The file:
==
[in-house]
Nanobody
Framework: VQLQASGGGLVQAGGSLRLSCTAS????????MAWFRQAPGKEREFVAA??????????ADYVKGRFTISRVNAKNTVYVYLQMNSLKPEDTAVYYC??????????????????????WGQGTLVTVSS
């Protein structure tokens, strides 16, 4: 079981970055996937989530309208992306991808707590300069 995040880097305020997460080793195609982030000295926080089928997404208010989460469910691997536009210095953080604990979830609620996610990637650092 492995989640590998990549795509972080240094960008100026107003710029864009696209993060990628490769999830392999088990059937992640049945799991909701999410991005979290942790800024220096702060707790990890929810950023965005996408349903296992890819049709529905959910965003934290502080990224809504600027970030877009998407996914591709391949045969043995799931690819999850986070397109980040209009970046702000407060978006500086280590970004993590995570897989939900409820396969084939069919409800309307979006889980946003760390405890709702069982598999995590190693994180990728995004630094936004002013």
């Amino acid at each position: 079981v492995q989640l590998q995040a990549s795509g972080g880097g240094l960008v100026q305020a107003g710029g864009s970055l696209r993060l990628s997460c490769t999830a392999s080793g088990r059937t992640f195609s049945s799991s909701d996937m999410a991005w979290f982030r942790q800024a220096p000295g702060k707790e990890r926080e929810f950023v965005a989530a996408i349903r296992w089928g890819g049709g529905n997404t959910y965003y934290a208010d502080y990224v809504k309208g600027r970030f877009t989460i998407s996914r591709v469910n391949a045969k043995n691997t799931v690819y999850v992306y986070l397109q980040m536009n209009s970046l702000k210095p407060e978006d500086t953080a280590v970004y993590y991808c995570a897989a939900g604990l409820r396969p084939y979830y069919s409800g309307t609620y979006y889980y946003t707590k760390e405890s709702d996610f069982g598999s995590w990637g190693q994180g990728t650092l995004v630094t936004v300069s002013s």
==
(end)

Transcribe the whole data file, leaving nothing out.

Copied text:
[in-house]
Nanobody
Framework: VQLQASGGGLVQAGGSLRLSCTAS????????MAWFRQAPGKEREFVAA??????????ADYVKGRFTISRVNAKNTVYVYLQMNSLKPEDTAVYYC??????????????????????WGQGTLVTVSS
């Protein structure tokens, strides 16, 4: 079981970055996937989530309208992306991808707590300069 995040880097305020997460080793195609982030000295926080089928997404208010989460469910691997536009210095953080604990979830609620996610990637650092 492995989640590998990549795509972080240094960008100026107003710029864009696209993060990628490769999830392999088990059937992640049945799991909701999410991005979290942790800024220096702060707790990890929810950023965005996408349903296992890819049709529905959910965003934290502080990224809504600027970030877009998407996914591709391949045969043995799931690819999850986070397109980040209009970046702000407060978006500086280590970004993590995570897989939900409820396969084939069919409800309307979006889980946003760390405890709702069982598999995590190693994180990728995004630094936004002013």
């Amino acid at each position: 079981v492995q989640l590998q995040a990549s795509g972080g880097g240094l960008v100026q305020a107003g710029g864009s970055l696209r993060l990628s997460c490769t999830a392999s080793g088990r059937t992640f195609s049945s799991s909701d996937m999410a991005w979290f982030r942790q800024a220096p000295g702060k707790e990890r926080e929810f950023v965005a989530a996408i349903r296992w089928g890819g049709g529905n997404t959910y965003y934290a208010d502080y990224v809504k309208g600027r970030f877009t989460i998407s996914r591709v469910n391949a045969k043995n691997t799931v690819y999850v992306y986070l397109q980040m536009n209009s970046l702000k210095p407060e978006d500086t953080a280590v970004y993590y991808c995570a897989a939900g604990l409820r396969p084939y979830y069919s409800g309307t609620y979006y889980y946003t707590k760390e405890s709702d996610f069982g598999s995590w990637g190693q994180g990728t650092l995004v630094t936004v300069s002013s």